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Active managers have become 'the periphery' as passive funds have been overtaking active funds. The most likely way that active managers can reverse their "dire future" would be to "dodge the puncture of a market bubble," writes John Rekenthaler.
For active managers to benefit during a market bubble, it must occur within a market segment. " While a market crash is required to pop the bubble and release active managers’ period of outperformance, a crash alone is not a sufficient condition." In 2008, active management's fortunes were "damaged rather than improved" by the plunge.
"The other requirement, of course, is that active funds have a dramatic underweighting in that segment. It does no good if they own the bubble." And the problem with that, is "today’s stock fund managers are not positioned much differently from the overall marketplace," according to Rekenthaler. "If a market crash drags down passive funds, active funds surely will not be far behind."
"There is, however, a possibility for bond-fund managers. In aggregate, taxable-bond managers hold much fewer Treasuries and government-agency bonds than does the Barclays U.S. Aggregate Bond Index, the most common benchmark used for taxable-bond funds," he writes. "…If interest rates were to rise dramatically, thereby decimating Treasuries, active taxable-bond managers might regain the initiative. "
HighTower Recruits An $800 Million Merrill Advisor Team (Financial Planning)
A Merrill Lynch team with $800 million in assets under management (AUM) is joining HighTower Partnership. The newly recruited team will "represent the firm's fourth office in Florida," Andrew Welsch at Financial Planning reports.
Three of the advisors — Pamela Lynn Abraham, Jack Thomas, and Trevos Swartz — join the firm as partners, and will have an equity stake in their new employer. An additional advisor, Mathew Verrengia, senior registered associate Benita Alstatt, an client services associate Tiffany Likness also made the move. Abraham had been at Merrill Lynch her entire 33-year career — making this her first ever switch.
Hiring Millennials Is A Long Term Investment In The Company (The Wall Street Journal)
Jim Meehan managing partner at 1847Financial partially credits a threefold increase in production from 2011 to 2013, to the almost 40 millennial financial advisors he hired. He states that the hire was merely "smart business" because millennials bring "energy and enthusiasm to the business".
Additionally firms that don't hire millennials are not investing in the future. "Many advisors don't have a succession plan," he told Veronica Dagher at the WSJ. "What do they think is going to happen to all of their clients and their business?" He's even started an intern program with the hopes of "hiring some of those interns when they graduate".
However, the downside of millennial hires is that sometimes older clients don't take them seriously. To combat this problem and to help the millennials gain credibility, Meehan puts them on teams with more seasoned advisors.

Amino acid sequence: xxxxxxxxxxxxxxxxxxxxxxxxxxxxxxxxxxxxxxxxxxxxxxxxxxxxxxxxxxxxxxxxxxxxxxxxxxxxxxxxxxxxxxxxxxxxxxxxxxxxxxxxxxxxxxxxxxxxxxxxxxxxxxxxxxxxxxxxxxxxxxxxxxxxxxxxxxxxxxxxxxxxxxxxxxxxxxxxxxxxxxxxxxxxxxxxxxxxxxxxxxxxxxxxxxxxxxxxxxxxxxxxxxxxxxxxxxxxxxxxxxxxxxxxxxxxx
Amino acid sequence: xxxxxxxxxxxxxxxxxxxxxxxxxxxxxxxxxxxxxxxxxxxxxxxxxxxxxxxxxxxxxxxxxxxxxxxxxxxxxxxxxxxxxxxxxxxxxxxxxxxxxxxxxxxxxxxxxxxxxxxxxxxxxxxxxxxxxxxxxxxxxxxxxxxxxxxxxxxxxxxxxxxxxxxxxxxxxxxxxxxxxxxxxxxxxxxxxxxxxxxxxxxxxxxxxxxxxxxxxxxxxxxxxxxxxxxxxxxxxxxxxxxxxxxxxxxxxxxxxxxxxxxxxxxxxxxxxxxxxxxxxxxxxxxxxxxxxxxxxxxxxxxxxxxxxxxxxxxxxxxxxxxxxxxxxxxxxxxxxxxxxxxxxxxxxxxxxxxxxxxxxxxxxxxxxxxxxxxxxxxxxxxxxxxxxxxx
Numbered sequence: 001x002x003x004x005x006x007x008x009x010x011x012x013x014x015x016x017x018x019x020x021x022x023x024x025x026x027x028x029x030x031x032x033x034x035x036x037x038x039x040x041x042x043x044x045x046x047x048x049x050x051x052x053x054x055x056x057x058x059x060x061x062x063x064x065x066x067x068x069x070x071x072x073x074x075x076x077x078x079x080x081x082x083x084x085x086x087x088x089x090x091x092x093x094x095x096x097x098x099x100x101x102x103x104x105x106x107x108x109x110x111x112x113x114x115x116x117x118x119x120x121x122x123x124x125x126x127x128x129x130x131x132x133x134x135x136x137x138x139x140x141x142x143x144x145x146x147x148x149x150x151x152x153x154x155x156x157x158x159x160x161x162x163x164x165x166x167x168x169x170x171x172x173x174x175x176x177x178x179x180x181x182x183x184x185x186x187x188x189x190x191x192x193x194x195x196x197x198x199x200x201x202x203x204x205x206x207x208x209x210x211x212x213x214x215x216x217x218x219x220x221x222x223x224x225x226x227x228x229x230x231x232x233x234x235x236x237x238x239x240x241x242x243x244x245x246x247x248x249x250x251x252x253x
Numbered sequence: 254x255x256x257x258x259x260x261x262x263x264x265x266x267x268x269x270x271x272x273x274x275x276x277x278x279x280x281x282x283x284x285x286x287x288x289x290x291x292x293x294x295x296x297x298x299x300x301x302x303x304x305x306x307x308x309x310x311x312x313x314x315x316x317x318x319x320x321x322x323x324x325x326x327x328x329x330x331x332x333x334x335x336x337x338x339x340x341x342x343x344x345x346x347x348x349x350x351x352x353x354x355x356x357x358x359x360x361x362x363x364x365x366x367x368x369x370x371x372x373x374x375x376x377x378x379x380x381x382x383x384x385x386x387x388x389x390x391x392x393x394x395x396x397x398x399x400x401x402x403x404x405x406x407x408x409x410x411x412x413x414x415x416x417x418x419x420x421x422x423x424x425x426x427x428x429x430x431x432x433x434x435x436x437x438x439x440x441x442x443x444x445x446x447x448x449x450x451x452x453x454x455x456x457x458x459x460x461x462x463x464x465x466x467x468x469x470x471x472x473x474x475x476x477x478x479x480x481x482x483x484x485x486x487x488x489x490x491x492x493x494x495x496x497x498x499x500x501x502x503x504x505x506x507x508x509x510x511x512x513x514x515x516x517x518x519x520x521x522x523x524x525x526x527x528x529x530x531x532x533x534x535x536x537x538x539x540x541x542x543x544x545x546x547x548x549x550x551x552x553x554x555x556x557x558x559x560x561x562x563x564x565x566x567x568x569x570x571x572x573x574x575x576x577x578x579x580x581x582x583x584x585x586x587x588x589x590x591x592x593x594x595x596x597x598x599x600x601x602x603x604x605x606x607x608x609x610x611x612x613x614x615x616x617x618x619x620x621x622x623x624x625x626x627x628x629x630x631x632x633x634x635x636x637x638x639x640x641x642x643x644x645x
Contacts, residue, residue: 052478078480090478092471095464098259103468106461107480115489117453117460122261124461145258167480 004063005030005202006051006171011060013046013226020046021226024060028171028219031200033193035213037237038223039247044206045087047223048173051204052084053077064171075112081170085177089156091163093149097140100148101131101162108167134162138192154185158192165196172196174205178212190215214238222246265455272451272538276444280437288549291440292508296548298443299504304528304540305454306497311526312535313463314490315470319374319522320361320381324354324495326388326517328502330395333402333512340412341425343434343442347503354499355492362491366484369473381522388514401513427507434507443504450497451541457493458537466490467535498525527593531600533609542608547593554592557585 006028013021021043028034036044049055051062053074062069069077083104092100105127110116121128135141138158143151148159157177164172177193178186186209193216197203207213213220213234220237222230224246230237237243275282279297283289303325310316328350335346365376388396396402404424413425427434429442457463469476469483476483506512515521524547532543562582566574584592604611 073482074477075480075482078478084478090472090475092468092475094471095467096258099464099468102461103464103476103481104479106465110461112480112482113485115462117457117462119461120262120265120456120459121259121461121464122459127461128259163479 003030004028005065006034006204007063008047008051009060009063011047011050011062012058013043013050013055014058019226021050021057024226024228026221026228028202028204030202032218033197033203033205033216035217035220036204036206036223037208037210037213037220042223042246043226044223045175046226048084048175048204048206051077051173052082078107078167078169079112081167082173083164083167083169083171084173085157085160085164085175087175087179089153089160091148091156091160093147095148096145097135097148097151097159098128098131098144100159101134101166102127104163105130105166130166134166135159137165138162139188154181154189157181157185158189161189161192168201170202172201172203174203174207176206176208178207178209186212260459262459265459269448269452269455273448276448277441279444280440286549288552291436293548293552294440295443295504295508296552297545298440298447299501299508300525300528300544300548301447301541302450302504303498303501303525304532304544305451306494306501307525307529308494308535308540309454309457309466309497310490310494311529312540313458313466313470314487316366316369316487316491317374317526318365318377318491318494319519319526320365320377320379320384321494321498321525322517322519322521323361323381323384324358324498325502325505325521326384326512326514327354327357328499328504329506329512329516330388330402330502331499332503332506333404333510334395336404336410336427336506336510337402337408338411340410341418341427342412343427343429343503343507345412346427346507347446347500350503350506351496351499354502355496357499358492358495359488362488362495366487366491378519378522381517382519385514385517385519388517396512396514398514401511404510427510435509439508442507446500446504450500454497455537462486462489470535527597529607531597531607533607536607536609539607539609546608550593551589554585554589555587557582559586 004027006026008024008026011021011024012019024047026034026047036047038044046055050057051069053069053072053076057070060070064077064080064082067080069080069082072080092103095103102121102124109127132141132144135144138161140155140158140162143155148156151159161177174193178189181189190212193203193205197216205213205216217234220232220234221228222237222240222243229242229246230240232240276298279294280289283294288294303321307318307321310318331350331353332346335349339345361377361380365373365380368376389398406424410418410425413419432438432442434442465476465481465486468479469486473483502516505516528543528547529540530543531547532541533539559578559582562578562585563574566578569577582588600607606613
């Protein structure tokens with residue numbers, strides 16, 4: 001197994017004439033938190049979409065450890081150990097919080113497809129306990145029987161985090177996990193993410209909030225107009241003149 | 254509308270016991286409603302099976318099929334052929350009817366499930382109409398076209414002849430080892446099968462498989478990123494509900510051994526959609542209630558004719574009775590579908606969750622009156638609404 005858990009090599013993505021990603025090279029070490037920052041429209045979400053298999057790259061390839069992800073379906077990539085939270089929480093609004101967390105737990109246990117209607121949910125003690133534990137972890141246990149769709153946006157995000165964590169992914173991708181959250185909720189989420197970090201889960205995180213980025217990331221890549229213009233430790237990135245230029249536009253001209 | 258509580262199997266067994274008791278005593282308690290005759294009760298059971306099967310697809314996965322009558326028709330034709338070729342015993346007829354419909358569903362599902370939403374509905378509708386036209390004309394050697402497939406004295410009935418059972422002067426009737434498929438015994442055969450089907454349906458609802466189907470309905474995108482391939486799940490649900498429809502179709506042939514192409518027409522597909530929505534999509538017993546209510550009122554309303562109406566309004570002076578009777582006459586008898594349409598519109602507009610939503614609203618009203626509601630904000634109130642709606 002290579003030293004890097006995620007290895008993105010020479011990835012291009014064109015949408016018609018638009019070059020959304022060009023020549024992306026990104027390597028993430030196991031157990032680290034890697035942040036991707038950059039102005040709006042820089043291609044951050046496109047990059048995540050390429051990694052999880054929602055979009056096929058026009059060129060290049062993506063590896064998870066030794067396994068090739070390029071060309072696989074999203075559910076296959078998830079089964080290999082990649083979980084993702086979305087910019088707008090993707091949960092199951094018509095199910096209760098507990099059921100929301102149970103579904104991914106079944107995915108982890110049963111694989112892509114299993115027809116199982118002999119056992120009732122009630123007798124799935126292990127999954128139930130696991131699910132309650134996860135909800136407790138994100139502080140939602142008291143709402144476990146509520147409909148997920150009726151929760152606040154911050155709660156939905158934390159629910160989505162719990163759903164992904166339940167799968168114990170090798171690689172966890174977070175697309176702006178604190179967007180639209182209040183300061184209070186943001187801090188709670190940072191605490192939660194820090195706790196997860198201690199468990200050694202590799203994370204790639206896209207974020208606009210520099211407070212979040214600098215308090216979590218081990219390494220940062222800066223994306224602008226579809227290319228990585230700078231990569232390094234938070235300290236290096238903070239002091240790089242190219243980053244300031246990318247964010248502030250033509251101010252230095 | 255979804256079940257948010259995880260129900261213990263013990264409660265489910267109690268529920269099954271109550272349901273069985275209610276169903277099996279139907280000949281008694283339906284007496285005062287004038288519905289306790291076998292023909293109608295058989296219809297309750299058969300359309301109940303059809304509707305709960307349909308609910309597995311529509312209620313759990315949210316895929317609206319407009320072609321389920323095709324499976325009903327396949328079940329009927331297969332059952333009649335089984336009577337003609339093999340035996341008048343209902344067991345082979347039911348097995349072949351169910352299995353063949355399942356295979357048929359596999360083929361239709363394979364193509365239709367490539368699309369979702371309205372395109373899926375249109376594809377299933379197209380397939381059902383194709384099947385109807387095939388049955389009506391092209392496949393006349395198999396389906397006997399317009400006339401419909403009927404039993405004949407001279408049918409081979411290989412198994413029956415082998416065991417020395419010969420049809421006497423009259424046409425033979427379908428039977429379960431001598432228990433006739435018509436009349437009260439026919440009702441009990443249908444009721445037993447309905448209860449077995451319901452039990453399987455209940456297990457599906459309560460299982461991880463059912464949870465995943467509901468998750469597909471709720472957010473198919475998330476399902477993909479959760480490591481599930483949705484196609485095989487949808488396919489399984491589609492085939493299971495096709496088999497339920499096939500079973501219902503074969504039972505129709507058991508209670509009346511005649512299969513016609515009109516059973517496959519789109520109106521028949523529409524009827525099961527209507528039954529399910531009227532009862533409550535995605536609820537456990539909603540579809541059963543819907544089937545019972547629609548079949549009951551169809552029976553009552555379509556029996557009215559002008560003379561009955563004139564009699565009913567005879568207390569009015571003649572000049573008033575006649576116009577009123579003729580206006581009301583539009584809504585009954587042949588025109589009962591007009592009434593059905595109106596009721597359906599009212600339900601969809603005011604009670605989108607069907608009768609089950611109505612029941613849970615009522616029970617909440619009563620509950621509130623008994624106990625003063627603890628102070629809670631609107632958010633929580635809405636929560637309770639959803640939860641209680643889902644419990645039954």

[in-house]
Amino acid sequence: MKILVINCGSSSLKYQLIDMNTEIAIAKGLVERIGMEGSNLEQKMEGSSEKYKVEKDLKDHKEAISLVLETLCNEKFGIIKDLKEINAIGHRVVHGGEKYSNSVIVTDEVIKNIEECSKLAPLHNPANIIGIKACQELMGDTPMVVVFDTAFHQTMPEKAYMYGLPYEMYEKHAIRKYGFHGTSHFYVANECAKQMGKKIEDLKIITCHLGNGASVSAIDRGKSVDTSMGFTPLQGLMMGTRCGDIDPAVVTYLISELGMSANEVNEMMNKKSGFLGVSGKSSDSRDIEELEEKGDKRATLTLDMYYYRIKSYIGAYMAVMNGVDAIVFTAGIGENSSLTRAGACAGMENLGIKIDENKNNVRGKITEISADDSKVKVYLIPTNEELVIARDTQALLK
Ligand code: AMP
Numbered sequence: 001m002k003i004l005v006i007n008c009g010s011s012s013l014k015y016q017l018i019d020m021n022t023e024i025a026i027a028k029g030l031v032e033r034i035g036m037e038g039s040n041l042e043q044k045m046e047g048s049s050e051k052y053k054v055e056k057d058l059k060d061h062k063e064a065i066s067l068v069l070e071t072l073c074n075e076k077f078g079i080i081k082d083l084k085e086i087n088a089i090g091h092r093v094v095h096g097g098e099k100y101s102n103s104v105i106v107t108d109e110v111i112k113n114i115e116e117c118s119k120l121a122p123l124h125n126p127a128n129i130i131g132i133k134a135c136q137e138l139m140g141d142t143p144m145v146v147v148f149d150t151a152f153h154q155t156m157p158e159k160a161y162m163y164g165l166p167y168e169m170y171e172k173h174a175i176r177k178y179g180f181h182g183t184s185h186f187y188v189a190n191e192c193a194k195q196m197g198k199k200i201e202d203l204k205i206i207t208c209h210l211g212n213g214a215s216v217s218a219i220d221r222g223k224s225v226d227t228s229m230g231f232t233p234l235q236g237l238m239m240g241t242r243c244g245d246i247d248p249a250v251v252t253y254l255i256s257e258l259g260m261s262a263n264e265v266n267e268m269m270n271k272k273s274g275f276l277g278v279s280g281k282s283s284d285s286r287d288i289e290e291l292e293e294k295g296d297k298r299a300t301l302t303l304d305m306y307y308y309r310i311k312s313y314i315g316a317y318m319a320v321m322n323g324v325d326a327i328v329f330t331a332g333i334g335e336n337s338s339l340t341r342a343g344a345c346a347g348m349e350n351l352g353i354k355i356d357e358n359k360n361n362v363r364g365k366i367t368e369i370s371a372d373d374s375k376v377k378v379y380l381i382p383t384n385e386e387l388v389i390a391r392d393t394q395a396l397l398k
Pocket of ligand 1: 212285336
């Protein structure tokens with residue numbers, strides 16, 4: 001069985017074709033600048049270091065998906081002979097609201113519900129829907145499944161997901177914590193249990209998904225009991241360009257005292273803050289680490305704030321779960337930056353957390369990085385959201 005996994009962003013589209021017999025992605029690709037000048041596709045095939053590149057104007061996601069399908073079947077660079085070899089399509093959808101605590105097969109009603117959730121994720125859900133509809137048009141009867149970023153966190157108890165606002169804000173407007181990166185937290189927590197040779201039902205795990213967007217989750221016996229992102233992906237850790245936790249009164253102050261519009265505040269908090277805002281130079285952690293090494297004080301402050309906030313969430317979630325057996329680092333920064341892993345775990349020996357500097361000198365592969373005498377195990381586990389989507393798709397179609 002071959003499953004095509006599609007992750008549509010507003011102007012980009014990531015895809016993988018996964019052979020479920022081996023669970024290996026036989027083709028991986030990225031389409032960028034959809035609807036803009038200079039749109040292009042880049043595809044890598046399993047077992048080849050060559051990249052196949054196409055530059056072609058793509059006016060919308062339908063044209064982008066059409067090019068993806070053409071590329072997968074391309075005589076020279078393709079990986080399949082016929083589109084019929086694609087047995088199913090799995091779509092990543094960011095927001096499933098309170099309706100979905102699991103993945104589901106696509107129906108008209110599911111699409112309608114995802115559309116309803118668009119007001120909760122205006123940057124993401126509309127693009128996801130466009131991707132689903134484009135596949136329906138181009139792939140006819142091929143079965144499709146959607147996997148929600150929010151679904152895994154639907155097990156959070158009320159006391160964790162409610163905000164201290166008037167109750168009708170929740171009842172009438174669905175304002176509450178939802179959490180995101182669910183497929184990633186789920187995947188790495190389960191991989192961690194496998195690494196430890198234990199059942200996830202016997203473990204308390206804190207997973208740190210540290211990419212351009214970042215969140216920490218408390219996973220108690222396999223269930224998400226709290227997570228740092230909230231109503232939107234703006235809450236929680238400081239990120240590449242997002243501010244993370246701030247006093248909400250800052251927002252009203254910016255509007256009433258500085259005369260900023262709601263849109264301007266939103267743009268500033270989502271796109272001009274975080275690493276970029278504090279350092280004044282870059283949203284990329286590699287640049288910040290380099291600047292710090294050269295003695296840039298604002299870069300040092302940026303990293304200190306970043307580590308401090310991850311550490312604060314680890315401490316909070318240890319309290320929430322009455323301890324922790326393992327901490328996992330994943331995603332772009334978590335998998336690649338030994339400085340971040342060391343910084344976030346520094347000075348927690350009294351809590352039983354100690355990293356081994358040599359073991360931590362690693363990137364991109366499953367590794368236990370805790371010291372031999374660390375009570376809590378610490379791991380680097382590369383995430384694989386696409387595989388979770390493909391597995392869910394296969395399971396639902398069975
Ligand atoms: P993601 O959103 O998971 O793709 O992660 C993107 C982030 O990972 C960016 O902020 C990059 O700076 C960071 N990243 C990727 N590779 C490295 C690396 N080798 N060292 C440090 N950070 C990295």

Soaring Profit Margins Aren't A Normal Level Of Profitability — They're A Peak (AllianceBernstein)
Net profit margins have gone from 4.6% in March 2009 to 9.8% at the end of Q1 2014. "The problem is that, historically, margins like these have marked a peak rather than a normal level of profitability," writes James T. Tierney, Jr., at AllianceBernstein. "And the factors that have driven margin expansion to date are unlikely to persist."
Labor efficiencies, lower depreciation and amortization, and reduced interest expense, all factors that have driven margin expansion won't last long.
He says that, firstly, "the labor market is tighter, which could introduce higher wage inflation. While technology will always be a persistent pressure on labor, with employee share of revenue at very low levels, it may be much harder for companies to tighten wage costs further." Secondly, amortization and depreciation have declined for two reasons: companies are now more conservative about allocating capital; and "certain accounting rules have changed." Thirdly, "companies can't really rely on improvements to financing to help boost margins."
"Investors should recalibrate their expectations to the new profitability reality. It’s clearly going to be much harder to rely on margin expansion to deliver double-digit earnings growth in the quarters ahead, so revenue growth will be much more important to earnings growth. In this environment, the best defense to slowing margin gains is to identify companies that can beat expectations by delivering secular revenue growth."
ETFs have been some of the most important investment innovations of the past 25 years. But the "dark side of innovation is proliferation", according to Vanguard CEO Bill McNabb. "We now see some ETF providers thinly slicing market and country exposures. Others are basing products on back-tested data, bringing the market to only those that 'promise to outperform' broad markets."
Additionally, Vanguard has doubts over whether this "would ultimately benefit investors." Another problem with ETFs is the "issue of capacity constraints with traditional active mutual funds", according to McNabb. He writes: "when an Vanguard active fund reaches a certain asset level or is attracting too much 'hot money', we close the fund to new investors." But doing that with active ETFs is difficult.
"Our research shows that after these ETFs are launched, most actually underperform the market.1 It's hard to have the discipline to use ETFs for broad asset allocation and not get caught up in the product fads of the day. But it's the right thing for investors," according to McNabb.
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